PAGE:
I posted the following in the forums. I'm not really sure if that was the proper place to post it, so I'm doing it here.
I am transgender. A girl inside, I was raised as a boyTo invoke the words of Rev. Dr. Justin Tanis:
"For children to feel that they must keep such a secret from the adults around them is a difficult, and even traumatic, experience. Those adults are ones who have the responsibility of caring for us, helping us grow, and loving us, but most of us learn, overtly or intuitively, not to trust them with this information, whether or not out fears are justified. Even with the burden of secret keeping, we learn something about who we are as our childhoods unfold. A deep isolation surrounds children who are different and who know themselves to be different. Often we feel estranged from other children, who also sense our differences, and we are subject to taunting, harassment, and even violence in school and on the playground. One of the reasons given for treating children who are gender nonconforming is the desire to spare them this negative attention from other children, although such treatment does not usually include a focus on changing the behavior of the children responsible for the harassment."
From the day I started public school, bullying became a daily reality for me. From the time I was six, I knew not to share the honest truth about how I felt and who I knew myself to be. I was told that what I asserted myself to me was in fact monsterous. That I would never be loved… not by strangers or family. That I would only know hatred from others and moreover, I would deserve that hatred.
I embarked on a rigid regimen of self denial and self hate, adapting the disgust of others and learning to become disgusted with myself. I was first sent to a therapist when I was in sixth grade. By that time, I already bore many scars and deep wounds….. some externally inflicted, many self-inflicted.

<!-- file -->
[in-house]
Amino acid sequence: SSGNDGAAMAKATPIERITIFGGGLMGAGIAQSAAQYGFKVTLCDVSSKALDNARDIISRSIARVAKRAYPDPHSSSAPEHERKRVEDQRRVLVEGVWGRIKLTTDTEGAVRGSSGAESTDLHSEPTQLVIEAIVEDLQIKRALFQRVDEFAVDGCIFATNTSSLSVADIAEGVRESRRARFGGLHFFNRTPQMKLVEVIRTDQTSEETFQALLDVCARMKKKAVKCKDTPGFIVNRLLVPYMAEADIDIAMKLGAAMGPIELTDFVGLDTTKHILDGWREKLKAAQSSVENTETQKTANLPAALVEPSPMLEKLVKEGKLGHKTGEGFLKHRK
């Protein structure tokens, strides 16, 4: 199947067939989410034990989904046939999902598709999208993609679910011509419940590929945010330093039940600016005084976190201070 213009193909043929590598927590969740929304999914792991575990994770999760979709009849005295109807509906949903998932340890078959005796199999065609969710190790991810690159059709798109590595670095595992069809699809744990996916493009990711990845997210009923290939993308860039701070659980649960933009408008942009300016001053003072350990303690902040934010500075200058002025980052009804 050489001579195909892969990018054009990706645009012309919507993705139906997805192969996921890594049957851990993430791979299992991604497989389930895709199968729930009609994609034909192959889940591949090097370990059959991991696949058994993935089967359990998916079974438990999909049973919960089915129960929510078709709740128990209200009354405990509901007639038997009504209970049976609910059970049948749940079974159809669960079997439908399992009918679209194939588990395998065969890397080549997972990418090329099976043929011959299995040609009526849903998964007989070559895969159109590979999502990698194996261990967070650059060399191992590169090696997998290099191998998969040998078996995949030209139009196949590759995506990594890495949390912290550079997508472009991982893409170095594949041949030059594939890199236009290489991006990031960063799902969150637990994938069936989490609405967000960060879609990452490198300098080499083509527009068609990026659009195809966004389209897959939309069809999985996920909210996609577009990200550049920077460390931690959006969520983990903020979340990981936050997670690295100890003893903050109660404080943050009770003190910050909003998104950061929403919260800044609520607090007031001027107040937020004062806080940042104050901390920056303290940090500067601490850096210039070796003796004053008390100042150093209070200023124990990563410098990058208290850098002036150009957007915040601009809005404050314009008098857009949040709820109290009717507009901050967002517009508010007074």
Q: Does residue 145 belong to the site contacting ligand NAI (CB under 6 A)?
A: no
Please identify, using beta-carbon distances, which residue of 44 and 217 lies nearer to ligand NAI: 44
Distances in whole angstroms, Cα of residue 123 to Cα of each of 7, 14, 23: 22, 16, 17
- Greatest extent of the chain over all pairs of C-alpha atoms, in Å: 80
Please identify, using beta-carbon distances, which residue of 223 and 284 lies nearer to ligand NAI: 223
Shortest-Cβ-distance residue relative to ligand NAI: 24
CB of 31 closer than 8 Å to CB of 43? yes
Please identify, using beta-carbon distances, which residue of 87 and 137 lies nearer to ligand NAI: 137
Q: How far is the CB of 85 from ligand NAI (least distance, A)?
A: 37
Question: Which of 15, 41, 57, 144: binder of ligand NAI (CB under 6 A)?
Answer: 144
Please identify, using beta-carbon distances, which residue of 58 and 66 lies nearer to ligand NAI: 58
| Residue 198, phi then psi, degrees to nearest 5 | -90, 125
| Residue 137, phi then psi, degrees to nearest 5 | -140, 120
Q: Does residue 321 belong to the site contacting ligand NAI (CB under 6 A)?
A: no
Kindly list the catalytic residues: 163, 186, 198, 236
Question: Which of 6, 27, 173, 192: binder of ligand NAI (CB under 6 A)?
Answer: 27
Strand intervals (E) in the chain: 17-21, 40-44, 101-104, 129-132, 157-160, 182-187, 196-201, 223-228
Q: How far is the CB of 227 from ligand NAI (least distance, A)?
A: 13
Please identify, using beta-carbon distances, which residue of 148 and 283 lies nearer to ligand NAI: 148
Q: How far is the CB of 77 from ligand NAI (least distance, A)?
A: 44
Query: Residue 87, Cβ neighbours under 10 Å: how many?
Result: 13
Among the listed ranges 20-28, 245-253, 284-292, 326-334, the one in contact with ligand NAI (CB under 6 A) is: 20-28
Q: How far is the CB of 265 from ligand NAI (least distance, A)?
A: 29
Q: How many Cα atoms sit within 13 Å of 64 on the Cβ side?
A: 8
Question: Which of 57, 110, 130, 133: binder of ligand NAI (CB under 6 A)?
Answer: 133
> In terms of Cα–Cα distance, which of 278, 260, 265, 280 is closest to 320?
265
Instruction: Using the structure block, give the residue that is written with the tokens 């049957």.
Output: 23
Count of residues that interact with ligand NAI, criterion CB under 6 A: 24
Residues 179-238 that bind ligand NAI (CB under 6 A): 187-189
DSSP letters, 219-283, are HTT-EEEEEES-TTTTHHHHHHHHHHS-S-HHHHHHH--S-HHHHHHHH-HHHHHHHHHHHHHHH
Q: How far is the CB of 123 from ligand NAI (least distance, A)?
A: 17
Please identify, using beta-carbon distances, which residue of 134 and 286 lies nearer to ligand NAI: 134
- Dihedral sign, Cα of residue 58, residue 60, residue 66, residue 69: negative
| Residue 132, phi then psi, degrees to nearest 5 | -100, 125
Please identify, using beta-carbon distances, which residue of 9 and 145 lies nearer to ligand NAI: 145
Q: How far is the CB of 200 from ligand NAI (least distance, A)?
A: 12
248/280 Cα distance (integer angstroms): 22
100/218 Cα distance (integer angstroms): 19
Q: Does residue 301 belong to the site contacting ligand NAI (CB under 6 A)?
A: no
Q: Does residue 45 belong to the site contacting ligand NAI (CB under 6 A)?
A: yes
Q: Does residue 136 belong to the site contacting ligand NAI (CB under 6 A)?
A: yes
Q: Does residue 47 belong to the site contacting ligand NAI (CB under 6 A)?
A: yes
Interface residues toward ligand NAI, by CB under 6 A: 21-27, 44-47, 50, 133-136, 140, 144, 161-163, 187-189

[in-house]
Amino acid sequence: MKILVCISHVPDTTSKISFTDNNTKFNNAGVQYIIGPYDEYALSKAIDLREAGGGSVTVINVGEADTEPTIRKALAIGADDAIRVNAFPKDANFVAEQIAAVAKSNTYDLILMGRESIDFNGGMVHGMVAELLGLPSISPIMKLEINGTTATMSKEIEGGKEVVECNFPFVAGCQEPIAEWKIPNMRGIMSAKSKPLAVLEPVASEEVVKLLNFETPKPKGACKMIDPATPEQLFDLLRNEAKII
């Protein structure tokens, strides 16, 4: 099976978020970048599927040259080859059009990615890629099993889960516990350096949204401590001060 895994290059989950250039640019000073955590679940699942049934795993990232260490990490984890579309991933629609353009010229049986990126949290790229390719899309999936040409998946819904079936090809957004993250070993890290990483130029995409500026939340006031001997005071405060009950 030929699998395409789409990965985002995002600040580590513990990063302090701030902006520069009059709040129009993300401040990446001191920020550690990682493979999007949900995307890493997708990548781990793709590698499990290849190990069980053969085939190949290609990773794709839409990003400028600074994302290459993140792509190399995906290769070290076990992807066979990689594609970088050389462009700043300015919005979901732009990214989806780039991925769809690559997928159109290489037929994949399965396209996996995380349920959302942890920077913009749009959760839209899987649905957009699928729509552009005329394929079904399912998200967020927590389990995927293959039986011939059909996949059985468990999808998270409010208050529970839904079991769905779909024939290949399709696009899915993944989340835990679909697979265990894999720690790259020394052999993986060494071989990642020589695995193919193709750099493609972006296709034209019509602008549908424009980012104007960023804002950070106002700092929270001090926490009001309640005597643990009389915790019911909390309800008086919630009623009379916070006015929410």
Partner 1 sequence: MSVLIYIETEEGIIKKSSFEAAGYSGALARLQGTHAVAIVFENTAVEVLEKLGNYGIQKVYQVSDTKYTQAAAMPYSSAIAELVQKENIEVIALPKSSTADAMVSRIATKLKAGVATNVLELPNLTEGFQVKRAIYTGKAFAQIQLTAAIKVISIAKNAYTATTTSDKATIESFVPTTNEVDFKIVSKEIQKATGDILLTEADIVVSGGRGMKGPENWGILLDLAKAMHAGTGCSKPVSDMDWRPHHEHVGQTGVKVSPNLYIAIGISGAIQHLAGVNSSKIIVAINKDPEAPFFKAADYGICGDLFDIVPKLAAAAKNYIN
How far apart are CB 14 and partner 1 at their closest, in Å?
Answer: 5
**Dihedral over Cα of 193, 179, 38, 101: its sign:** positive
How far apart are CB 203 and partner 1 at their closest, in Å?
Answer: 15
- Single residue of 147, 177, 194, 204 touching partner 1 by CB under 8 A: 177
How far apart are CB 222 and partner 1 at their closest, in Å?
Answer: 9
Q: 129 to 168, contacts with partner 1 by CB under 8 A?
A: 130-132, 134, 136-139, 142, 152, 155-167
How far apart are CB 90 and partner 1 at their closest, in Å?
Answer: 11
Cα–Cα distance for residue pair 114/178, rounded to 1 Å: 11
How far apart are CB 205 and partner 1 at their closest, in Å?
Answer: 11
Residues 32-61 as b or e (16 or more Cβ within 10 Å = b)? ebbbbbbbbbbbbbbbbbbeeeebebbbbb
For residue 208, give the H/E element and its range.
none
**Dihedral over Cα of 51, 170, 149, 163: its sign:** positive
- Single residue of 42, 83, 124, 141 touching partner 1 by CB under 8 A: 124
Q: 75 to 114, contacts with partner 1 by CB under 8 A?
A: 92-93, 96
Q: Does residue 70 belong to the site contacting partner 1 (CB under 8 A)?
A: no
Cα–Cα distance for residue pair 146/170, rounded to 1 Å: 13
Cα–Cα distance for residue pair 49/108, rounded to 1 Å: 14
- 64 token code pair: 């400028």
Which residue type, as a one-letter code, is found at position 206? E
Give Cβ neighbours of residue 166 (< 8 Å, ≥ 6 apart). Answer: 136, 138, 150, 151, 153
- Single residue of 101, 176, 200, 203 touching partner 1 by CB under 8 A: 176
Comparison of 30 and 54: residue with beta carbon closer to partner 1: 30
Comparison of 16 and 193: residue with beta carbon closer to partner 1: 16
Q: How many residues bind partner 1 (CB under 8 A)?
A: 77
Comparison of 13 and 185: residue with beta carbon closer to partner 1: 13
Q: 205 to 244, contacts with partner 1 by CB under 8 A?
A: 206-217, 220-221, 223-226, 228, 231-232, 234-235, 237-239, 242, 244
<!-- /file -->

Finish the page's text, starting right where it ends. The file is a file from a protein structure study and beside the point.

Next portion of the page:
By the end of college, I found myself hospitalized twice. This introduced me to pharmacutical treatment as well as talk therapy. It also marked a crashing down of the lies I'd veiled myself in so I'd forget the truth of who I knew myself to be.
Anxiety and depression have been constant companions. I'd hoped that over the years, these would go away. They have not.
A year ago, I lost my job. I fell back into a deep depression and suicidal ideation. I was put in a day treatment program that helped, but when I was discharged, I fell back into depression. Leaving bed in the morning is still difficult, leaving the house is near impossible. Despite this, I have recently been recommended to the California Department of Rehabiliation to help me get a job. This has forced me to face the truth that my anxiety and depression are so persistant that they constitute a disability that places impediment in the way to me getting and holdiing a job.
Below, is the post I put in the forums about today's anxiety attack. I apologize if that was the wrong place for it:
"I just had a big anxiety attack, and I'm still reeling.
I'm 43, and have suffered from anxiety and depression for as long as I can remember. The past year has been a very difficult one, where the effort to leave the house has become Herculean.
Nonetheless: I'm a cartoonist, and the latest anthology in which my work has appeared was published late last year, Today, I came across a local event for the book…. book signings with creators included and I was excluded. The people included tend to be very cliquish so it's not surprising, but it freaked me out. My wife came to comfort me, and I went from hyperventilating to anger, and said a few choice words about those people. She said she'd never heard me 'call people names and I fell into a screaming, face-clawing, hyperventilating, dry heaving into the toilet panic attack that lasted for what felt like forever. With the help of a hotline, I managed to start breathing more regularly, and eventually got out of it. I also left a message with my therapist's voicemail, so we can talk about it monday. Now, I'm feeling utterly drained and lightheaded. My wife and I had a good talk. I feel better, but still very, very depressed.
I have no reason for posting this beyong the need to bear witness to my own illness and move beyond the stigmas which haunt me.
And with that, I thank you again and ask you to please be kind.